The decline in the numbers of native working age people is especially acute in the Northeast and the upper Midwest. “U.S. Economic Competitiveness at Risk” says a Midwest coalition, organized by the Chicago Council on Foreign Affairs. The Chicago Council reported (“Growing Heartland”) in June 2014 that between 2000 and 2010, the Midwest lost 1.4 million native born people between ages 35 to 44, a 20% loss for the age group, while gaining 265,000 foreign born persons in that age group, a 44% increase.
Thus, while nationwide the primary driver of population increase in the U.S. will turn to net international migration in 2032, per the Census Bureau, the impact is acute today in these regions as far as the workforce is concerned.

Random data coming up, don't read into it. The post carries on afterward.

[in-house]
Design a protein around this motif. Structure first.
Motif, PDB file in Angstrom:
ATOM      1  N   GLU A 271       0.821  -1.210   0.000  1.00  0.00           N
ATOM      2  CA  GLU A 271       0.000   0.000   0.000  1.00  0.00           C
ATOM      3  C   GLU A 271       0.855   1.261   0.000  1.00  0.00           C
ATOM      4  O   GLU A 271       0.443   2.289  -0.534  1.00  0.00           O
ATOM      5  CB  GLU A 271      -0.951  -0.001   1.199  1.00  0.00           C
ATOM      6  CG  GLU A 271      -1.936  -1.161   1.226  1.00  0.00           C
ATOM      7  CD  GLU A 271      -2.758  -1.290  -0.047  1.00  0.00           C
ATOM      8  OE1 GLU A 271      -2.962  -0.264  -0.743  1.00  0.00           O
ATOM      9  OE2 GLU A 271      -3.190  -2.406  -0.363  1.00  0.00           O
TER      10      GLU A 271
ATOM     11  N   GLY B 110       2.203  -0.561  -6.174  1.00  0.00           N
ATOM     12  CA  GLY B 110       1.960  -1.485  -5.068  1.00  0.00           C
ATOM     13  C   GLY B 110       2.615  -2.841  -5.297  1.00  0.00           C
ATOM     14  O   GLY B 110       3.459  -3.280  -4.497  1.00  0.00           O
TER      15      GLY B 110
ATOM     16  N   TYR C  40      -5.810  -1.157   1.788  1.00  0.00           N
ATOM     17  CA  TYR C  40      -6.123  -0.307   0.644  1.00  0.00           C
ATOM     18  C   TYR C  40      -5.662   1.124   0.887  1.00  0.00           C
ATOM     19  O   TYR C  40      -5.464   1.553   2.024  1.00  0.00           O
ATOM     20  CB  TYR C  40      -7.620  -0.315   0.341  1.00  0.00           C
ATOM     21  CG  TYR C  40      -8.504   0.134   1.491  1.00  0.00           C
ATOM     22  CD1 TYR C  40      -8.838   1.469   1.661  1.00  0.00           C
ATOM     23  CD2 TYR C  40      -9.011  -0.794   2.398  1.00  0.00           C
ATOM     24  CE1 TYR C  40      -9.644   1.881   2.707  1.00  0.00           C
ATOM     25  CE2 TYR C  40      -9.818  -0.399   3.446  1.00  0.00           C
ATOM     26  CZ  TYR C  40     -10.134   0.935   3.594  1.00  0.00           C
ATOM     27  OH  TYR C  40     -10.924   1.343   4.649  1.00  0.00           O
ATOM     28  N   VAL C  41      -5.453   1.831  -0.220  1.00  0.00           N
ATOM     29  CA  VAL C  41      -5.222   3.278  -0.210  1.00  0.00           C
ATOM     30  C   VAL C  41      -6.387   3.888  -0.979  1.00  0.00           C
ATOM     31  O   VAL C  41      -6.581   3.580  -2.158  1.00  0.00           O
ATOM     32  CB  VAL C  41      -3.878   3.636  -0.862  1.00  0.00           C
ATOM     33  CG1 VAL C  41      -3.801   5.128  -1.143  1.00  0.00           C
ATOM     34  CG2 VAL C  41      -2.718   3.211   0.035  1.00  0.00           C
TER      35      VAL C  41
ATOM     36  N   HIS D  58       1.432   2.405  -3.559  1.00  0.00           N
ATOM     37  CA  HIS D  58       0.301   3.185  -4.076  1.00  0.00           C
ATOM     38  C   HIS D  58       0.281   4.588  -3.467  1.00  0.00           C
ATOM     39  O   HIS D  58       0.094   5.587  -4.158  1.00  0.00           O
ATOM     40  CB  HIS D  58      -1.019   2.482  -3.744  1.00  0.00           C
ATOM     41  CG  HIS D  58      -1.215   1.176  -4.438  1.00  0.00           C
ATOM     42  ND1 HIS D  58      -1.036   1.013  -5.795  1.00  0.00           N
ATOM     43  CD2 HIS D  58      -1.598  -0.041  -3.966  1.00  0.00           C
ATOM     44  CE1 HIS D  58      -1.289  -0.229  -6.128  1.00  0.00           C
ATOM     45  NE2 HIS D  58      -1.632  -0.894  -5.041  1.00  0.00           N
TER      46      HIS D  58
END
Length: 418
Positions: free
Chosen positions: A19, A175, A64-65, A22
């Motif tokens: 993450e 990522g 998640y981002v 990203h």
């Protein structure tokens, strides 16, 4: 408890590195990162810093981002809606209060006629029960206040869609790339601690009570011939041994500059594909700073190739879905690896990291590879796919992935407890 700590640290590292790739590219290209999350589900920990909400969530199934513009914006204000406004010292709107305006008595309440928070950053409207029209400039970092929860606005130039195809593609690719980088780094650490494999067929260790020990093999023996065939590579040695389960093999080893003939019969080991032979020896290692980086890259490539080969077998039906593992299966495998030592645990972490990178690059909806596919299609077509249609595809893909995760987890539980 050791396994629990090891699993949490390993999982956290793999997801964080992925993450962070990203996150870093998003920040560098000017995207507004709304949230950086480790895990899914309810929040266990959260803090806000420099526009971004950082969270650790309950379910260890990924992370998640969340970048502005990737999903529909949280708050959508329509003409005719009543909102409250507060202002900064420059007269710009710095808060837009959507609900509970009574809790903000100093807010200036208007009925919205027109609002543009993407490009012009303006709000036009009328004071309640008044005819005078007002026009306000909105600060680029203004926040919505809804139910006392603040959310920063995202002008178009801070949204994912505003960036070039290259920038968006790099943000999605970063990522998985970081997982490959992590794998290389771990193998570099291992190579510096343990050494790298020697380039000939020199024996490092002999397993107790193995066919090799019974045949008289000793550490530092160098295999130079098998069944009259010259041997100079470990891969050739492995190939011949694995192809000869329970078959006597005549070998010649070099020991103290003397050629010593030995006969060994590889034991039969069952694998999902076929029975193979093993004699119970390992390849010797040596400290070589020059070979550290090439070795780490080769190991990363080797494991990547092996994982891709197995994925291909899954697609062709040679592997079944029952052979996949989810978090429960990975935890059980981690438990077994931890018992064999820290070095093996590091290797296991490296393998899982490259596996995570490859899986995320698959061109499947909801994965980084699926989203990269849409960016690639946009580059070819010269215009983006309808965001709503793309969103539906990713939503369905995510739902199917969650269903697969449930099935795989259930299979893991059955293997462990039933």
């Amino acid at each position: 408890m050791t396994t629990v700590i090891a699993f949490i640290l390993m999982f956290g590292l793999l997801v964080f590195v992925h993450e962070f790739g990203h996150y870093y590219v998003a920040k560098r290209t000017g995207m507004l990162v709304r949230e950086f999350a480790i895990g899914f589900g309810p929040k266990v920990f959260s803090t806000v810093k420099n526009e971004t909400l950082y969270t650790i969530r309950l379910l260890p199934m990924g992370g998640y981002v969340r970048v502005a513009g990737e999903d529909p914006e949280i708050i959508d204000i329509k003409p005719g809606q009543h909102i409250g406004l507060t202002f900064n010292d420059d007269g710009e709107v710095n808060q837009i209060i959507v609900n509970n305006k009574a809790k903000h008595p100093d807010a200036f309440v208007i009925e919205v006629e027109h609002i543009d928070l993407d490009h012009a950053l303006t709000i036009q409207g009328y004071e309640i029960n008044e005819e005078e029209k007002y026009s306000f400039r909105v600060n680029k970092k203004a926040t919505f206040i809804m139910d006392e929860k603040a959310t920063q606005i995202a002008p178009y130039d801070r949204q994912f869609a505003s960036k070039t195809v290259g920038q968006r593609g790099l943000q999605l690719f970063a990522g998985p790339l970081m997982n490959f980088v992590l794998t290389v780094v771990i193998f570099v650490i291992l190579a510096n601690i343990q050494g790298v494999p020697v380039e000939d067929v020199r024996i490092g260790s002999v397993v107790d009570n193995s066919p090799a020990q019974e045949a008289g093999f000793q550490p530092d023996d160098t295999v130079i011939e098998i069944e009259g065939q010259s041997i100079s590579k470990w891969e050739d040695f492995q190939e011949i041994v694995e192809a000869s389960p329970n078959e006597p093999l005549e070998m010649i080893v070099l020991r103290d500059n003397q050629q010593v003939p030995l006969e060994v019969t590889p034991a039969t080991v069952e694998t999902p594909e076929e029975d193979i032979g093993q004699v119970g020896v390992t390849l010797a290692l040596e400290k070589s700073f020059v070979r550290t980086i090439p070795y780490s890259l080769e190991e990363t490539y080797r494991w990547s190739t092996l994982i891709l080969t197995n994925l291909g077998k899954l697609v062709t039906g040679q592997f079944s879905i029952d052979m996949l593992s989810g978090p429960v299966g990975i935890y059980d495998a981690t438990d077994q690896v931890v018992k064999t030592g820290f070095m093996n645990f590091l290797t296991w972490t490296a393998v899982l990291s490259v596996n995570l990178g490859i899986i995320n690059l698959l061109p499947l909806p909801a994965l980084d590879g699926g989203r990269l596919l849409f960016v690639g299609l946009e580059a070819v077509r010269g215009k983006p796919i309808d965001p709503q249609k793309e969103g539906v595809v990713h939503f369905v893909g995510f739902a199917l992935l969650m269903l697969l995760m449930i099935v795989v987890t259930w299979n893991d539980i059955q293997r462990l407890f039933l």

These Midwest reports are saying, in effect, that there is not enough net in-migration of immigrant workers.
Recent impact of immigrant in-migration on labor force was estimated by the Conference Board. Major states with very large positive immigrant in-migration 2004-2013 are New York (- 3.6% decline in total working age population), New Jersey (0.1%), Florida (17%), California (8%) and Texas (20%).
But the opposite is the case for Midwest states where the labor force decline was weakly countered by immigrant in-migration since 2004: Michigan (total decline of -1%), Pennsylvania (-6%), Ohio (-6%), Illinois (-3%).